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Transparency Master 2-13 COST OF PRODUCTION REPORT (Concluded) COSTS Conversion Units costs: Total costs for April in Assembly ........................ Total equivalent units ........................................... Cost per equivalent unit ....................................... Costs charged to production: Inventory in process, April 1 ................................ Costs incurred in April ......................................... 1,157,000 Total costs accounted for in Assembly............... $1,385,000 Costs allocated to completed and partially completed units: Inventory in process, April 1balance ............... To complete inventory in process, April 1 .......... Started and completed in April ............................ Transferred to Testing Dept. in April................... Inventory in process, April 30 .............................. Total costs assigned by Assembly...................... $ 567,000 63,000 0 $ 34,000 459,000 34,000 $630,000$527,000 3,000 $210 COSTS Direct Materials Total Costs

3,100 $170 $ 228,000

$ 228,000 34,000 1,026,000 $1,288,000 97,000 $1,385,000

5 6

Decision Making Using Process Cost Data Solution Materials Cost per Pound By Shift Average $6.13 7.13 $6.65

Line 1 Shift 1 Shift 2 By Line Average $6.00 7.00 $6.52

Line 2 $6.00 7.00 $6.52

Line 3 $6.50 7.50 $7.02

Line 4 $6.00 7.00 $6.52

It is clear from the table above that increasing the speed of the machines has a very negative impact on materials consumption. The materials cost per pound on Shift 2 averages a full $1.00 per pound greater than on Shift 1. What makes Shift 1 different from Shift 2? The speeds, the employees, the supervisors, and the time of day. Which of these is likely the cause of our problems? Line 3 gives us some additional clues. Line 3 has the highest average machine speed and the highest average materials cost per pound. Thus, the cost differences appear to be related to the machine speed issue. Apparently, headquarters management is expecting Bundys plant to perform up to the standard of some of the plants with newer equipment. Bundys plant appears to be unable to operate at the higher speeds without some major process engineering work.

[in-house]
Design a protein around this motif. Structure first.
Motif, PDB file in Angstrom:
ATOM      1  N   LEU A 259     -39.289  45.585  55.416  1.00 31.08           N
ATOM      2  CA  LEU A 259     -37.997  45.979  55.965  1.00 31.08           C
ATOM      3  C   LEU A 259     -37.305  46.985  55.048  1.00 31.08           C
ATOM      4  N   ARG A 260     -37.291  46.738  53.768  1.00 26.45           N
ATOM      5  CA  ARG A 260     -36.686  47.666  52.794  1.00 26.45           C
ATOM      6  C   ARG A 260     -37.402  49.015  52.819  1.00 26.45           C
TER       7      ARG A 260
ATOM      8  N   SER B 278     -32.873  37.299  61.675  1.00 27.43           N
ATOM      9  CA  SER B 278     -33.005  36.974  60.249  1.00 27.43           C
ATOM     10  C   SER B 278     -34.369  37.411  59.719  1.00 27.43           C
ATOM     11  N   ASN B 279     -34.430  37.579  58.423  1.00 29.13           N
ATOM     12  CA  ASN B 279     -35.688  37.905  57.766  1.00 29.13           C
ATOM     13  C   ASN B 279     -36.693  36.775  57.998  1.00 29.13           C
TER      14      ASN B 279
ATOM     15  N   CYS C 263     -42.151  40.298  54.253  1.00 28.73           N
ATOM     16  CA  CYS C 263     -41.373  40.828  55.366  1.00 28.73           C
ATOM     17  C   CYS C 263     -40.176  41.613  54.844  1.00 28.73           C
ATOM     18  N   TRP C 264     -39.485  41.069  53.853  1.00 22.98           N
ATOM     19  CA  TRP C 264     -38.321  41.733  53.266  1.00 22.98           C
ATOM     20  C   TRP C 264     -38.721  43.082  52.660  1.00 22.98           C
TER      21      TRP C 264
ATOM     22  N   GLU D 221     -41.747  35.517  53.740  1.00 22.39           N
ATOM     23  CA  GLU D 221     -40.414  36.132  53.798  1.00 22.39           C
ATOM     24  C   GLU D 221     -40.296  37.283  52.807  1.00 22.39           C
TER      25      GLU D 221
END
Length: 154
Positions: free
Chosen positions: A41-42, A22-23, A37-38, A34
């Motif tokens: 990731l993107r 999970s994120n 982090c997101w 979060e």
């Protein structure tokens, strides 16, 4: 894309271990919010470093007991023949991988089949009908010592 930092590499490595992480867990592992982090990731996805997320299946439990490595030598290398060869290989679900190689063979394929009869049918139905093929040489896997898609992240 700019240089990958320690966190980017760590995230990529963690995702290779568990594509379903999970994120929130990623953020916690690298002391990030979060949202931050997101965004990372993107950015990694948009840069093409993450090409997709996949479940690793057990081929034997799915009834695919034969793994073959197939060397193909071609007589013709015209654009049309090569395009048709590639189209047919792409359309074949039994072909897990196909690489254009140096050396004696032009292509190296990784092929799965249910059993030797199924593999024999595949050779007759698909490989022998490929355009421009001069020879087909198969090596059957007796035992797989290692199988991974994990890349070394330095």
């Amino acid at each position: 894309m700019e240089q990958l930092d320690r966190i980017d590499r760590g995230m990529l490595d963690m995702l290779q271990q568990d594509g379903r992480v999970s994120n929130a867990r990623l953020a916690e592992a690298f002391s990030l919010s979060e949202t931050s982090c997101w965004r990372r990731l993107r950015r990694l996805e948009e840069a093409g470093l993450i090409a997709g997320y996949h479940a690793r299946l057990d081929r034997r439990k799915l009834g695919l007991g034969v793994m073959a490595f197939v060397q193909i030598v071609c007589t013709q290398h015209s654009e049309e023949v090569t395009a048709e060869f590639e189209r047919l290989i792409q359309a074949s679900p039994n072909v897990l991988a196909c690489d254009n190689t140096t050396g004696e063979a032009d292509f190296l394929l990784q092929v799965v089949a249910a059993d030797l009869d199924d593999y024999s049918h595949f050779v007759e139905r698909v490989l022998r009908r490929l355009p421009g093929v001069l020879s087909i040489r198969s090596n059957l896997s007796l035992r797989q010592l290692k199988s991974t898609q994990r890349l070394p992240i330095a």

PROCESS COSTING Process accounting is a security method in which an administrator may keep track of system resources used, their allocation among users, provide for system monitoring, and minimally track a user's commands. This indeed has its own positive and negative points. One of the positives is that an intrusion may be narrowed down to the point of entry. A negative is the amount of logs generated by process accounting, and the disk space they may require. This section will walk an administrator through the basics of process accounting. Process costing is an accounting methodology that traces and accumulates direct costs, and allocates indirect costs of a manufacturing process. Costs are assigned to products, usually in a large batch, which might include an entire month's production. Eventually, costs have to be allocated to individual units of product. It assigns average costs to each unit, and is the opposite extreme of Job costing which attempts to measure individual costs of production of each unit. Process costing is usually a significant chapter. Process costing is a type of operation costing which is used to ascertain the cost of a product at each process or stage of manufacture. CIMA defines process costing as "The costing method applicable where goods or services result from a sequence of continuous or repetitive operations or processes. Costs are averaged over the units produced during the period". Process costing is suitable for industries producing homogeneous products and where production is a continuous flow. A process can be referred to as the sub-unit of an organization specifically defined for cost collection purpose. Is used by manufactures who mass produce large quantities of identical units in a continuous flow.

PROCESS COSTING Is used by manufacturers w ho mass produce large quantities of Identical units in a continuous flow .